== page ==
July 18, 2019

Trails lead the way for Vermont’s economy

Observer courtesy photo Danny Hale, executive director of VASA and chair of the Trails and Greenways Council.

Observer courtesy photo
Danny Hale, executive director of VASA and chair of the Trails and Greenways Council.

By the Vt. Agency of Natural Resources

Exploring Vermont’s outdoors by trail has always been part of the Green Mountain state’s culture, but now there is strong evidence to support how those activities bolster the state’s economy, too. The popularity of growing member-based trail networks for mountain biking, backcountry skiing, all-terrain riding and more are blazing new pathways for economic growth in the state, according to a release from the Agency of Natural Resources.

Representatives from federal, state and local trail organizations came together late last year to recognize the growing “outdoor recreation economy” and to showcase efforts to start measuring its economic contributions in dollars.

An economic impact report released on Nov.29 found that four trail networks alone generate $29.6 million in economic activity annually in the state, according to the Vermont Trails & Greenways Council, which performed the work through a USDA Rural Business Opportunity Grant. The totals came from looking at direct consumer spending associated with using trails (trail tickets, rentals, etc.), and the activities recreationists love doing before and after hitting the trails, such as visiting a nearby brewery or grabbing a bite to eat.

The report came out weeks after the U.S. House of Representatives unanimously passed a bill that required the outdoor recreation industry to be quantified in the federal government’s annual calculation of national economic productivity. The bill was authored by Vermont Representative Peter Welch, and its bipartisan passage signaled a new willingness to recognize the economic benefits of land-based recreation.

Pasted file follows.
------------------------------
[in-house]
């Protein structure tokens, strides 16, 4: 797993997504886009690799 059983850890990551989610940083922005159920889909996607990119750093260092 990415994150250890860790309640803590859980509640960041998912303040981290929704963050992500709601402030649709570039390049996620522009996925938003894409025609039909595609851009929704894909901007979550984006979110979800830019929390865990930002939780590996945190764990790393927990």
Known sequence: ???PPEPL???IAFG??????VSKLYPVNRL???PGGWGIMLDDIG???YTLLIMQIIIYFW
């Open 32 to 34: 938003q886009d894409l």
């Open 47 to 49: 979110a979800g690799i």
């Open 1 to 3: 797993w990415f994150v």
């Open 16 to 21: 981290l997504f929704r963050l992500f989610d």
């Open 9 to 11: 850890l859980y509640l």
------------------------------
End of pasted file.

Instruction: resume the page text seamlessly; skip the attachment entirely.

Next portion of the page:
The bill, called Outdoor Recreation Jobs and Economic Impact Act of 2016, was approved by President Obama on Dec. 8, 2016.

The economic impact study, which evaluated the Catamount Trail Association, the Green Mountain Club (GMC), the Kingdom Trails Association and the Vermont ATV Sportsman’s Association (VASA), was the first of its kind to look at the direct economic impact from a sample of Vermont’s premier regional trail networks. It uniquely combined multiple forms of motorized and non-motorized recreation all managed by regional and statewide nonprofits.

While it was only a limited sample of Vermont’s recreation economy, it provided real data tying 325 jobs directly to the trail networks, and linking $5.6 million to spending by those using the trail systems on food and drink annually in local communities.

Trail stewardship organizations across Vermont have long held the vision that jobs and economic spending supported by outdoor recreation opportunities in Vermont could be considered a major contributor to the state’s economy. “The study has been long overdue,” said Danny Hale, Executive Director of VASA and Chairman of the Trails & Greenways Council.

“We finally have accurate numbers to demonstrate what we as the represented user groups of the Vermont Trail System bring to the state; as individual groups and as a combined recreational entity,” Hale stated. “Having solid numbers that outline the benefits of these trails allow our organizations as well as the state and legislature to rightfully prioritize recreation in Vermont as a major source of tourism income and local spending. It’s high time that we all recognize this opportunity.”

To view the economic impact study for the Vermont Trails & Greenways council, visit: http://fpr.vermont.gov/sites/fpr/files/Recreation/Learn_More/Library/Final%20Report-%20Impact%20Analysis%20-%20VT%20Trails%20and%20Greenways.pdf

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